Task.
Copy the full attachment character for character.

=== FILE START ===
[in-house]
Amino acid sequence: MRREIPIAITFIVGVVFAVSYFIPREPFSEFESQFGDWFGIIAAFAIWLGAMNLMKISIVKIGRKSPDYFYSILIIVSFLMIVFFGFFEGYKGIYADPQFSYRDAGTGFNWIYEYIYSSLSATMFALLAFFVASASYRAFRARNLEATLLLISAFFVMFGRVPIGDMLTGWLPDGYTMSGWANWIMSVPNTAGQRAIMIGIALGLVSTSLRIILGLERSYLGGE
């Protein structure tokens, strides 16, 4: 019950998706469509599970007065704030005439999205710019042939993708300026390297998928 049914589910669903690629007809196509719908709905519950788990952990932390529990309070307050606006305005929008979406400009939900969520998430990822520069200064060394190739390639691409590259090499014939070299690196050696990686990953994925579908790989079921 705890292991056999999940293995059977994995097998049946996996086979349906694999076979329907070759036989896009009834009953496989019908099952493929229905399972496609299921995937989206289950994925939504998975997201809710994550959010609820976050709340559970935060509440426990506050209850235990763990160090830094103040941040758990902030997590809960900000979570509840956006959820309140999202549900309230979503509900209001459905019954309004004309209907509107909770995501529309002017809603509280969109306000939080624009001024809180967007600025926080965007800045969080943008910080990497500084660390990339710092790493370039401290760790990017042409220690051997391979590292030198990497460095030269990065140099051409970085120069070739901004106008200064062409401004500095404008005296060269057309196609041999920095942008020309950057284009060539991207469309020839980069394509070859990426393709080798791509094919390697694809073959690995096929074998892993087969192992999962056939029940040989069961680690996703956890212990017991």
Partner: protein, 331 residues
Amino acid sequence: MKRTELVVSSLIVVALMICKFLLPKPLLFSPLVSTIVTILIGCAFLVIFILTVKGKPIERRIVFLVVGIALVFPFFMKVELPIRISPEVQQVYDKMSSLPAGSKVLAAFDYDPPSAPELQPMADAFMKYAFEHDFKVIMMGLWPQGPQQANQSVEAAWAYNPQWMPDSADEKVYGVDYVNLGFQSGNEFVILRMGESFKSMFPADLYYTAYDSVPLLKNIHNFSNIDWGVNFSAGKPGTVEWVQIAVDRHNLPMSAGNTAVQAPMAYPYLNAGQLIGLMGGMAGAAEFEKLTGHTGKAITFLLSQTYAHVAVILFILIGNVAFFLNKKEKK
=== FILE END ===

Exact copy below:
[in-house]
Amino acid sequence: MRREIPIAITFIVGVVFAVSYFIPREPFSEFESQFGDWFGIIAAFAIWLGAMNLMKISIVKIGRKSPDYFYSILIIVSFLMIVFFGFFEGYKGIYADPQFSYRDAGTGFNWIYEYIYSSLSATMFALLAFFVASASYRAFRARNLEATLLLISAFFVMFGRVPIGDMLTGWLPDGYTMSGWANWIMSVPNTAGQRAIMIGIALGLVSTSLRIILGLERSYLGGE
């Protein structure tokens, strides 16, 4: 019950998706469509599970007065704030005439999205710019042939993708300026390297998928 049914589910669903690629007809196509719908709905519950788990952990932390529990309070307050606006305005929008979406400009939900969520998430990822520069200064060394190739390639691409590259090499014939070299690196050696990686990953994925579908790989079921 705890292991056999999940293995059977994995097998049946996996086979349906694999076979329907070759036989896009009834009953496989019908099952493929229905399972496609299921995937989206289950994925939504998975997201809710994550959010609820976050709340559970935060509440426990506050209850235990763990160090830094103040941040758990902030997590809960900000979570509840956006959820309140999202549900309230979503509900209001459905019954309004004309209907509107909770995501529309002017809603509280969109306000939080624009001024809180967007600025926080965007800045969080943008910080990497500084660390990339710092790493370039401290760790990017042409220690051997391979590292030198990497460095030269990065140099051409970085120069070739901004106008200064062409401004500095404008005296060269057309196609041999920095942008020309950057284009060539991207469309020839980069394509070859990426393709080798791509094919390697694809073959690995096929074998892993087969192992999962056939029940040989069961680690996703956890212990017991």
Partner: protein, 331 residues
Amino acid sequence: MKRTELVVSSLIVVALMICKFLLPKPLLFSPLVSTIVTILIGCAFLVIFILTVKGKPIERRIVFLVVGIALVFPFFMKVELPIRISPEVQQVYDKMSSLPAGSKVLAAFDYDPPSAPELQPMADAFMKYAFEHDFKVIMMGLWPQGPQQANQSVEAAWAYNPQWMPDSADEKVYGVDYVNLGFQSGNEFVILRMGESFKSMFPADLYYTAYDSVPLLKNIHNFSNIDWGVNFSAGKPGTVEWVQIAVDRHNLPMSAGNTAVQAPMAYPYLNAGQLIGLMGGMAGAAEFEKLTGHTGKAITFLLSQTYAHVAVILFILIGNVAFFLNKKEKK